Always the optimist, Shangela told Billboard she takes everything as a positive — even her allegedly unfair treatment during her last stint on the hit reality show. "In life, you don't get to control how people behave, you can only control how you react. And my reaction … has been to focus on the great things I did this season and the way I could rep for my fans who have been with me from day one. And now it's onto bigger and better, honey. Keep it moving," she said.

Ben De La Creme

The biggest shock of All Stars 3 — aside from Kennedy not winning, obviously — found shoo-in favorite Ben De La Creme eliminating herself. The queen of lip-synching, costume-creating, and comedy-nailing, who melted hearts dressed like Jughead in her confessionals, De La Creme was an all star, with or without the title.

In keeping for a queen who already felt like a winner, De La Creme's post-Drag Race slate was packed. As she told Gay Times, De La Creme embarked on a one-woman show hilariously entitled Inferno A Go Go, had a starring role in Peaches Christ's Drag Becomes Her with Jinkx Monsoon, remounted her play Beware the Terror of Gaylord Manor, and toured all over the world.

On whether she has any regrets, De La Creme told Vulture in a post-show sit-down that she only has one: "My biggest regret is that my final runway dress is so freaking gorgeous and now the world is not going to see it walk down RuPaul's runway."

Aja

Aja is a dark horse with unicorn-pink hair who even Ben De La Creme acknowledged didn't need her help. Of every queen on Drag Race, Aja is the only one who looks completely different in and out of drag. Hers are capital-T transformations, every time. 

She admitted to Gay Times that fellow contestant Milk behaved like a "c**t" on their All Stars season. Aja also revealed, though, that she'd reached out to make sure Milk was okay following her own issues with fans after her Season 9 appearance. The Brooklyn starlet considered All Stars 3 her first real shot at Drag Race, however, telling Vulture that she went on the show initially to get herself out of a "bad living situation."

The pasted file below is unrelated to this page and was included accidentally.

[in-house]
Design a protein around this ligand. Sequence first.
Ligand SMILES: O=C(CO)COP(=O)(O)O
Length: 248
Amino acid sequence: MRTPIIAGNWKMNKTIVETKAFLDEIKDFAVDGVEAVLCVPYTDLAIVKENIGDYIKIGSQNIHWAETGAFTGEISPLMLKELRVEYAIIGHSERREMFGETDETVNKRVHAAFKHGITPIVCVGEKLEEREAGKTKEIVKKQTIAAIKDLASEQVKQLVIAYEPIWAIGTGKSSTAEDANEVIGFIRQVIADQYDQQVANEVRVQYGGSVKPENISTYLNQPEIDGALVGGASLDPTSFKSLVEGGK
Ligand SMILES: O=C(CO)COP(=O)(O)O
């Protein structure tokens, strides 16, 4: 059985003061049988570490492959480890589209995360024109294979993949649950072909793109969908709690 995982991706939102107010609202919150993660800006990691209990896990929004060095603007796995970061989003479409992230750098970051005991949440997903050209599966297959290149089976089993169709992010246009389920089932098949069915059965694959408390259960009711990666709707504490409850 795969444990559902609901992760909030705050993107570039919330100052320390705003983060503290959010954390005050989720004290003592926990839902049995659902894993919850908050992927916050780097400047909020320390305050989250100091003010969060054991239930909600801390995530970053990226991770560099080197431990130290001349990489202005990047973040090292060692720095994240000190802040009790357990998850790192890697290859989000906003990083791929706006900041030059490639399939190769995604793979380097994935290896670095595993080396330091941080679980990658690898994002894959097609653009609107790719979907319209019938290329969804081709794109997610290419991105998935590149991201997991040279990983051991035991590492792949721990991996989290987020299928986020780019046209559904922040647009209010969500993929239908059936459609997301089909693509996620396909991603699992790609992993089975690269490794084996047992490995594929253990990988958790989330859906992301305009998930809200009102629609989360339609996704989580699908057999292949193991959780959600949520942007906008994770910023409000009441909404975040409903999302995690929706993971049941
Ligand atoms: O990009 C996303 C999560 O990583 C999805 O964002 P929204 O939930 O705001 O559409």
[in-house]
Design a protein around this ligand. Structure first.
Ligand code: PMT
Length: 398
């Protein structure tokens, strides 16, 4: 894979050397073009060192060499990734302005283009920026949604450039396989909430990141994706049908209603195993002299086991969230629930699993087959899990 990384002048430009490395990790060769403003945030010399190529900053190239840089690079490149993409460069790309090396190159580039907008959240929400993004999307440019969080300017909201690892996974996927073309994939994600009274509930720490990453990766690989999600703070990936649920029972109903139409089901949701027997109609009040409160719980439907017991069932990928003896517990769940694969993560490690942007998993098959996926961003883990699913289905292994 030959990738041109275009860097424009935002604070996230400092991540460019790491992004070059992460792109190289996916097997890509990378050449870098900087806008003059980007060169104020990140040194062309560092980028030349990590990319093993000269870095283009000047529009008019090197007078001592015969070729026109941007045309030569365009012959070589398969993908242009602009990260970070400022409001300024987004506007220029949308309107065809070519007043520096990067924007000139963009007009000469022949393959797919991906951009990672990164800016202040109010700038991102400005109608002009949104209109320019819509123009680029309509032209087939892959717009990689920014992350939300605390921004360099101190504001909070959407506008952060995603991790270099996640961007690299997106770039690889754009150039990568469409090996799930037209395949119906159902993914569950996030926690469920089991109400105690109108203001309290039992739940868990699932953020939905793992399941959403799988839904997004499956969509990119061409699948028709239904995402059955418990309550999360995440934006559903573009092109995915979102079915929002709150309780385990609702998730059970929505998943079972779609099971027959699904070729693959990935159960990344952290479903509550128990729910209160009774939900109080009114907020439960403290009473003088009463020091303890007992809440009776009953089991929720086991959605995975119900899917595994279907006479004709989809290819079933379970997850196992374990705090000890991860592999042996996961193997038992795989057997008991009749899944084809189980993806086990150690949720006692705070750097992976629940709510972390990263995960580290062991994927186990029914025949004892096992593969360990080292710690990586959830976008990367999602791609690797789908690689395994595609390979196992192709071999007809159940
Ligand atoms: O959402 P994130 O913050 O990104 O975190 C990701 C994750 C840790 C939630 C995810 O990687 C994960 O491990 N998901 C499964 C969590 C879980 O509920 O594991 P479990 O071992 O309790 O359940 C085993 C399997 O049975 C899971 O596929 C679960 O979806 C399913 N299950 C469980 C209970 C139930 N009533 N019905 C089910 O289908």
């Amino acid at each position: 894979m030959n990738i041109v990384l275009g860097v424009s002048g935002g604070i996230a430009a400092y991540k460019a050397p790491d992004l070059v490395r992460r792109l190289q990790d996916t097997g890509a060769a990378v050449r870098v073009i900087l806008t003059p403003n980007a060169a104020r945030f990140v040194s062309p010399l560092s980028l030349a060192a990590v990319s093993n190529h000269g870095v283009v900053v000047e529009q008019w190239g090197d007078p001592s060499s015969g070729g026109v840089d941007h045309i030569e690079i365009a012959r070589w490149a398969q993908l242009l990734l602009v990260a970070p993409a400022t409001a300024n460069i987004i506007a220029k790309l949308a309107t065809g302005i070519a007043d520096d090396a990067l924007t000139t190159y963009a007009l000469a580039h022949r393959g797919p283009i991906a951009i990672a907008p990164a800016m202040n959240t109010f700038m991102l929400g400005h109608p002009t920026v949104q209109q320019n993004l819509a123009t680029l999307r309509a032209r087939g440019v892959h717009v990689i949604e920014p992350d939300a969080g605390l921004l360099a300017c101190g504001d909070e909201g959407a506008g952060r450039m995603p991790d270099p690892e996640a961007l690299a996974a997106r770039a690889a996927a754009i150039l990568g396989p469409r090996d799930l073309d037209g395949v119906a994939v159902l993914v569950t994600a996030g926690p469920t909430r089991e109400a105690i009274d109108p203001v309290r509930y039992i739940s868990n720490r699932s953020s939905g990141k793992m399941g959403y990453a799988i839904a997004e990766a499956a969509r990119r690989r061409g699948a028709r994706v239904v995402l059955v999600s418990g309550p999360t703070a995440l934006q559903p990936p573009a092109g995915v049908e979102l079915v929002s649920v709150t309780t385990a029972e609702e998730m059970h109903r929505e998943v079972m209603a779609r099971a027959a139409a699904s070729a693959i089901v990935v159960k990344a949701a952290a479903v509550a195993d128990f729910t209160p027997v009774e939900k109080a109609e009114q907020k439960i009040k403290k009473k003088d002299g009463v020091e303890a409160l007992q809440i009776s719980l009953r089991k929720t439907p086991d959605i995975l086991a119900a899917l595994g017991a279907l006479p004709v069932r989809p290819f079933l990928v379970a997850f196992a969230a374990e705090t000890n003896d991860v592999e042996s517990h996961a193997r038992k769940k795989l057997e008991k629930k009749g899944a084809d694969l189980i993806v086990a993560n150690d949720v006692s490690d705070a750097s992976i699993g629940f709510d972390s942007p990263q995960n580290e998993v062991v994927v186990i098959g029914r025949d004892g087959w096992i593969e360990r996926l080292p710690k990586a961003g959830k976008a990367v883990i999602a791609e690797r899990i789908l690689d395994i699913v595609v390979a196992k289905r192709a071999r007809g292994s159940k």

Although she's carved out a music career, Aja isn't following the typical drag route (unsurprising considering her edgy personality), explaining, "A lot of the Ru girls are doing club music, pop music. I'm sticking to rap, not just from my drag perspective, but also from my out-of-drag perspective."

Sasha Velour

Bald beauty Sasha Velour already looks different from practically every other queen thanks to her bald head. However, she's also a bonafide scholar, having studied modern literature at Vassar College, before becoming a Fulbright scholar in Moscow, and then receiving an MFA in cartooning in 2013. Once considered too smart for drag, Sasha told The Guardian that the two worlds actually aren't that far apart. "Drag has always has been very intellectual: it observes the world and comments on it in really sharp ways, culturally, politically and philosophically," she explained.  

Sweetly, Sasha's brash, bald look was inspired by her mother's cancer, as she revealed in her Guardian interview. "She decided to shave all her hair off, and not be afraid of what it looked like, even though that had been her first instinct. That really inspired me, and I saw the beauty and glamour of being bald. … I wanted to honor that with my representations of beauty through drag."